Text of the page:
So I have learned how to let my sin and darkness fly under radar—saying and doing just enough of the right things to keep from arousing too much suspicion. But eventually even that breaks down. The "Enter At Your Own Risk" sign begins to flash above my head.

You can only imagine how these behaviors begin to inbreed...and the mutant products of conception they yield. My relationships with self, others, and God all become tenuous. Some ultimately grow troubled, and it is my fault. I'm ashamed to admit that everyone suffers the consequences of my isolation whether I realize it or not. And ultimately, if it gets bad enough, I don't really care.

I make this confession knowing full well that it exposes a darker side of myself—one that isn't very attractive—but I share it knowing with certainty that many other people struggle similarly. And anyway,at the end of the day, this pattern replicates the trouble that came with the first human sin...a belief in the lies that told to us in our darkness.

The best wisdom that was ever shared with me was four simple words: Don't believe the lies. These are the lies that erupt like weeds from the first moment I begin to converse with the darkness and discount the Truth. From that moment on, I begin buying stock in lies—creating options to purchase a full blown campground of lies where I put up my tent and 1 Corinthians 10:13 is left at the curb like trash.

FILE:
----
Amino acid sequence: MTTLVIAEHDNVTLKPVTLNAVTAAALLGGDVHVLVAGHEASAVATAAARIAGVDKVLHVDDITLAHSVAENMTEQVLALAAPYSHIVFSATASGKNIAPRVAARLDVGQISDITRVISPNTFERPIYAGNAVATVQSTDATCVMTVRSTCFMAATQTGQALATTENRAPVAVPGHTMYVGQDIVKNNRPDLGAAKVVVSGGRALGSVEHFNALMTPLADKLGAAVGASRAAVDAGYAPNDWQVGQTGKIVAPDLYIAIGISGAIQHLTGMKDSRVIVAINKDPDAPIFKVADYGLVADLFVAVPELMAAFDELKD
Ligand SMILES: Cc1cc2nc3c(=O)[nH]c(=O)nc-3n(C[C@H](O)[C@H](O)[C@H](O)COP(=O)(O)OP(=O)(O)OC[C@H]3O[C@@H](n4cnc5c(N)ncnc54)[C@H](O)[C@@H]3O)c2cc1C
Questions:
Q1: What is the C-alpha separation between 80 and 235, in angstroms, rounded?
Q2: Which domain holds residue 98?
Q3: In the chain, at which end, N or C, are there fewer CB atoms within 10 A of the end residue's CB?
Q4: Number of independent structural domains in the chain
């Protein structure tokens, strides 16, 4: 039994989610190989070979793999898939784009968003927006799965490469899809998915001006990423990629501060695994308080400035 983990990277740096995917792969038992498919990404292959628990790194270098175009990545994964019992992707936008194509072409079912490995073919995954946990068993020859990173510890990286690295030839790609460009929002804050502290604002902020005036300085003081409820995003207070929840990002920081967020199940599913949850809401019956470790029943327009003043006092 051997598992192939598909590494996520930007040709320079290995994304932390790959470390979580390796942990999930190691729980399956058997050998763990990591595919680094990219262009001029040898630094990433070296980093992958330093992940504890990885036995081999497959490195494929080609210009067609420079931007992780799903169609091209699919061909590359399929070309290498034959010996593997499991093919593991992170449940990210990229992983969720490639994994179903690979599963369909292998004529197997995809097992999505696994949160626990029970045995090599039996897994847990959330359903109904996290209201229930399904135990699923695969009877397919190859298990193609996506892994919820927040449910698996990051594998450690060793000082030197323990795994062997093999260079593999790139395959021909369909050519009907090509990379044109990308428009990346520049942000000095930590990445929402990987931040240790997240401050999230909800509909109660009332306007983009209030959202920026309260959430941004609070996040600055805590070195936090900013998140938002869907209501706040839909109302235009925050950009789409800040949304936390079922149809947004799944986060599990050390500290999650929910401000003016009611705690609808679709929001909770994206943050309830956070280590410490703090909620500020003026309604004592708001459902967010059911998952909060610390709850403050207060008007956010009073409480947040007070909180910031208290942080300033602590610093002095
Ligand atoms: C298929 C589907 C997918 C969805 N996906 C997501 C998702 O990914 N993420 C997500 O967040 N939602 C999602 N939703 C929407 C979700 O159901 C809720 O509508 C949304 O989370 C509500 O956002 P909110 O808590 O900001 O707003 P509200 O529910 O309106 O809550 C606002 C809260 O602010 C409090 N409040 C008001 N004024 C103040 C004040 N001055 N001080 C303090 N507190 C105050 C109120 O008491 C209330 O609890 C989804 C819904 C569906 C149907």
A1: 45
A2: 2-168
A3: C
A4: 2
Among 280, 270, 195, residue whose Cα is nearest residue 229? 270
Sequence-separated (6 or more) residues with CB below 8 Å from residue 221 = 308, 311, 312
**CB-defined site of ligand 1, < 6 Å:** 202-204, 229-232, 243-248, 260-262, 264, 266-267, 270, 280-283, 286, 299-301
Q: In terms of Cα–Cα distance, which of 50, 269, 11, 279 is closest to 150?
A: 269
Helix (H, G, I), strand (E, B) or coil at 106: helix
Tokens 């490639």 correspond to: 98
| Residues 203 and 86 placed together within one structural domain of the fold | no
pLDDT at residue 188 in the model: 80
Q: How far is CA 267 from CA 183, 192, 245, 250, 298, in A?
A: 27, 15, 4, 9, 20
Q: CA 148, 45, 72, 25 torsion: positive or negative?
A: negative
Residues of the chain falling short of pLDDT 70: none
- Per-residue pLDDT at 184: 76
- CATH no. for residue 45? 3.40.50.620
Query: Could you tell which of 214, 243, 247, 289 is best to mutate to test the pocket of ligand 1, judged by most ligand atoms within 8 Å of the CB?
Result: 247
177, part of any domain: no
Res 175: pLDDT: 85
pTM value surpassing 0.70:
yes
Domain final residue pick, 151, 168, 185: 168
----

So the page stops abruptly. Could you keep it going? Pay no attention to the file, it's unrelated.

1 Corinthians 10:13

New King James Version (NKJV)
13 No temptation has overtaken you except such as is common to man; but God is faithful, who will not allow you to be tempted beyond what you are able, but with the temptation will also make the way of escape, that you may be able to bear it.

The way out is always in the Word, in confession, and in repentance. The lies cannot stand in the light of the Truth found in Scripture. The Truth has much power in its confession/expression/profession, but most importantly in its movement in the opposite direction of the lies...repentance. A half turn will never cut it. What's required is a full sprint away from the darkness—a sprint where we are shouting the Truth the whole way, crying out to the Savior for rescue. He will always come.

When we flee from what is evil and cling to what is good we begin to see God's love, and the people and circumstances He brings into our lives, as much closer, safer, and truer than we see them when we looking at them through the side view mirrors. We use the mirrors to avoid collisions with people and feelings that want to know us. But these are also collisions with love and grace...truth and peace...hope and joy, so...don't believe the lies.